* Posts by petef

136 posts • joined 13 Sep 2010


GitLab scans its customers' source code, finds it's as fragile as you'd expect



I do hope that they were only scanning public repos and not private.

What a Hancock-up: Excel spreadsheet blunder blamed after England under-reports 16,000 COVID-19 cases


But they would use a spreadsheet to do that task.

It's Google's hardware launch day, and what do we get? A few Pixel phones, Nest kit, and another Chromecast


Hold For Me?

I wonder how well Hold For Me performs. I have had too much experience recently of contacting utilities, etc on behalf of an elderly relative. The general pattern is to play muzak for a bit and then tell you how important your call is to them. I had my hopes raised the first few times, I don't think a bot would fare much better. The worst was AA insurance who I gave up on after 45 minutes on hold. Their repeated message was "we are here for you 24/7", patently not. They eventually responded to my earlier email after two days. I say the worst but I am into my third month of waiting for BT to switch to the Basic account we are entitled to.

UK mobile network EE plumps for Nokia to provide that all-important 5G RAN equipment


Made in ...

So is Nokia gear all manufactured in Finland? Just asking.

NHS COVID-19 launch: Risk-scoring algorithm criticised, the downloads, plus public told to 'upgrade their phones'



Leaving aside support for Android 5 and earlier, Android 6 to 9 are vulnerable to click-free exploitation by BlueFrag if you turn on Bluetooth as required by the app. Android 10 can only be DOSed.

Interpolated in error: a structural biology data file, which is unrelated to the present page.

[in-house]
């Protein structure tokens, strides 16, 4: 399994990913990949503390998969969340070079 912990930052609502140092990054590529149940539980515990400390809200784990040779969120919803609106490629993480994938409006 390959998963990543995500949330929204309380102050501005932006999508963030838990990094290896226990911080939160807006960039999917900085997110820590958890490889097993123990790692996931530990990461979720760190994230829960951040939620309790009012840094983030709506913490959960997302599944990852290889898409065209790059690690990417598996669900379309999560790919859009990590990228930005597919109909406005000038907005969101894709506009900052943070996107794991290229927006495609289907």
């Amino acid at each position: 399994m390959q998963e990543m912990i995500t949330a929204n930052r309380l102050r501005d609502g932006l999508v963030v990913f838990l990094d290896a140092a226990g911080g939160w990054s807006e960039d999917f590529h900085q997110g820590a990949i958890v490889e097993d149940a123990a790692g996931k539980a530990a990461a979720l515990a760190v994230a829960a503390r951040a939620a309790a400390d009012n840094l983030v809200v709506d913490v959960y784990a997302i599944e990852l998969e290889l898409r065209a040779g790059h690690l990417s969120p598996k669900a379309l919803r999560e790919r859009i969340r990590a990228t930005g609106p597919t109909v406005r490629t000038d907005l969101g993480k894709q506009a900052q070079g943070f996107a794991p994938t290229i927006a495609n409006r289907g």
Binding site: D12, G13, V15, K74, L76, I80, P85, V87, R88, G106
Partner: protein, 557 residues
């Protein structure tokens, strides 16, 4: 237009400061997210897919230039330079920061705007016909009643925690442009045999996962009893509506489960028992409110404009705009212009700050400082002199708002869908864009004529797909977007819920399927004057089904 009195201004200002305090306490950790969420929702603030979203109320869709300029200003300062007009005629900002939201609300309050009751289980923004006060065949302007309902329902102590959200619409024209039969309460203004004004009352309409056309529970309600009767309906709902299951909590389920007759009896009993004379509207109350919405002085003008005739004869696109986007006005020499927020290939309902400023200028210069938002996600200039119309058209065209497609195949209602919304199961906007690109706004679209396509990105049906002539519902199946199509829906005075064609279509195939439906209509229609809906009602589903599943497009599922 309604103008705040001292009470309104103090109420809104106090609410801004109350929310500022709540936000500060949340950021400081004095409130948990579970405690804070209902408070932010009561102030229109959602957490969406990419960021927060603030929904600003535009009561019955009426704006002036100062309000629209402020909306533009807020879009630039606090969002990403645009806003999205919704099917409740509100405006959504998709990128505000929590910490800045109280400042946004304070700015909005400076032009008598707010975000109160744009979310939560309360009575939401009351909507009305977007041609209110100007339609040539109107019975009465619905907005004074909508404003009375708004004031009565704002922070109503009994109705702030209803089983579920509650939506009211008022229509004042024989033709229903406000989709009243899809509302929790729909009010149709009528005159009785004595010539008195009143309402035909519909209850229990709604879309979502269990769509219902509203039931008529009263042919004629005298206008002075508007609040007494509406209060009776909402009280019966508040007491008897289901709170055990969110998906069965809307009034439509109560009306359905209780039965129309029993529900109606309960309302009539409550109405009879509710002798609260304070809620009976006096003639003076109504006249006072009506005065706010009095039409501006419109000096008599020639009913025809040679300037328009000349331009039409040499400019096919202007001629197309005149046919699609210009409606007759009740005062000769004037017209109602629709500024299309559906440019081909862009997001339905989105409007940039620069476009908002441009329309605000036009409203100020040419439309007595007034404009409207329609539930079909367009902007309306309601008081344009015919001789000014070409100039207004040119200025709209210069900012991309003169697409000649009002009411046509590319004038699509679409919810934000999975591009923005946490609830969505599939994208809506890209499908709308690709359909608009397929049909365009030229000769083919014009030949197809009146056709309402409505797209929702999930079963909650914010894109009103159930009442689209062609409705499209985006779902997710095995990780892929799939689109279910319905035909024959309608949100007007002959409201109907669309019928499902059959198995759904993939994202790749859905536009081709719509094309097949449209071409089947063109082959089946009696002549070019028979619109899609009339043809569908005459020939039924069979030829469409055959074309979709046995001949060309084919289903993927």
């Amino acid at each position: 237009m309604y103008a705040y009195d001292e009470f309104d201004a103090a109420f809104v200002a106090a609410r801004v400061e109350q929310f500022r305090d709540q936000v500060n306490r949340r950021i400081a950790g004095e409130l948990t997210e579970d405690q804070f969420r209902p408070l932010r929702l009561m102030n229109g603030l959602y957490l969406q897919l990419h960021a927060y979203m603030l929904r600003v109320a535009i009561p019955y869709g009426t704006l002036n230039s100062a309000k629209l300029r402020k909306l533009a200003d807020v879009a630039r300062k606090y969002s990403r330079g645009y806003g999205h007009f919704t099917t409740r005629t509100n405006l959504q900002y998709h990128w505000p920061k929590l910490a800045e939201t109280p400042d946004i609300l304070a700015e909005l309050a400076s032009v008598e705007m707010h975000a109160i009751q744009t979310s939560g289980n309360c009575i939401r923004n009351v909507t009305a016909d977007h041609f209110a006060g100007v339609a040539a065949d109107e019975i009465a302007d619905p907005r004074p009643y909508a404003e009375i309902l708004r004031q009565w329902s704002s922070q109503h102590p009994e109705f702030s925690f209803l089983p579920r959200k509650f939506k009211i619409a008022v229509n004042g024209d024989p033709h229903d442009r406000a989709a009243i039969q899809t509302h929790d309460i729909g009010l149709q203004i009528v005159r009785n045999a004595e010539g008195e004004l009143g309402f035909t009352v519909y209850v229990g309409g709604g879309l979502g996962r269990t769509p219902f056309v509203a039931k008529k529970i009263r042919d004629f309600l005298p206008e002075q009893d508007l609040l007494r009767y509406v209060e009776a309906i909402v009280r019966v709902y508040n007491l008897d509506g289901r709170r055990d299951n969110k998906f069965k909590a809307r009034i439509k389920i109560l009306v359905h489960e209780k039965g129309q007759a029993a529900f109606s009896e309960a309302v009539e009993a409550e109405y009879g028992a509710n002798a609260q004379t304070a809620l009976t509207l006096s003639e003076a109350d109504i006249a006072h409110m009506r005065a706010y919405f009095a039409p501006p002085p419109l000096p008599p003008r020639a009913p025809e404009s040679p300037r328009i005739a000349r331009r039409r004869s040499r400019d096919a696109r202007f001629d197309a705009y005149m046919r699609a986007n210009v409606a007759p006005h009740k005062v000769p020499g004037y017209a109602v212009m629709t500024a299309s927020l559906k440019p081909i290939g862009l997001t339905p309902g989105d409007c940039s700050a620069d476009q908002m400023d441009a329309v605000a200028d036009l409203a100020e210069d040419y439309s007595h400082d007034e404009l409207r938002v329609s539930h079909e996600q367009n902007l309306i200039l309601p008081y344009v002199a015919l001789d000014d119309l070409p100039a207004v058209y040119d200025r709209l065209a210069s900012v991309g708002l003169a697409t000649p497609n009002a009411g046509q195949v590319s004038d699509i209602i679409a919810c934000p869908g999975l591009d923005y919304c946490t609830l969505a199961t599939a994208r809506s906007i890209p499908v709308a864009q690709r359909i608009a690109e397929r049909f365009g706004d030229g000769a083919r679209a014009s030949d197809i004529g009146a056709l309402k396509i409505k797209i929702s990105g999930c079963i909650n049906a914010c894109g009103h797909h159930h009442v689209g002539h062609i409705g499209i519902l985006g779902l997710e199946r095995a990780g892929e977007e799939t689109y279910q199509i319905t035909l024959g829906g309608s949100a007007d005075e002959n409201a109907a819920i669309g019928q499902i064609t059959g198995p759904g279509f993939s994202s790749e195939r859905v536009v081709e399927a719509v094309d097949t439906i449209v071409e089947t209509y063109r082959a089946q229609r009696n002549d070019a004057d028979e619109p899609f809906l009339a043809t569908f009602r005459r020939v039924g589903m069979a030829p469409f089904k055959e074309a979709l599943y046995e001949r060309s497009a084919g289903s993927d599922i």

Security patches may be available, a security update of March 2020 addresses the issue. Unfortunately my Moto G5s is two years old and security updates stopped at August 2019. Customer support told me that no more security updates will be released. YMMV.

I have no other need to enable Bluetooth so I am left with a dilemma. Risk infection of my phone or myself and others. Proof of concept code for BlueFrag is publicly available so even skiddies can write exploits.

The app will not allow me to scan a QR code if Bluetooth is disabled, dumb logic.

Second lockdown? Perfect time to unveil Teams Breakout rooms and another ginormitor – the 85-inch Surface Hub 2S


Clippy 2.0

"hopefully not obscuring that critical bit of information with a giant head"

Now here is an original idea. The presenter could be represented by an avatar that hides little. How about a talking paperclip?

Funny, that: Handy script for wiping directories is capable of wreaking havoc beyond a miscreant's wildest dreams


Unix too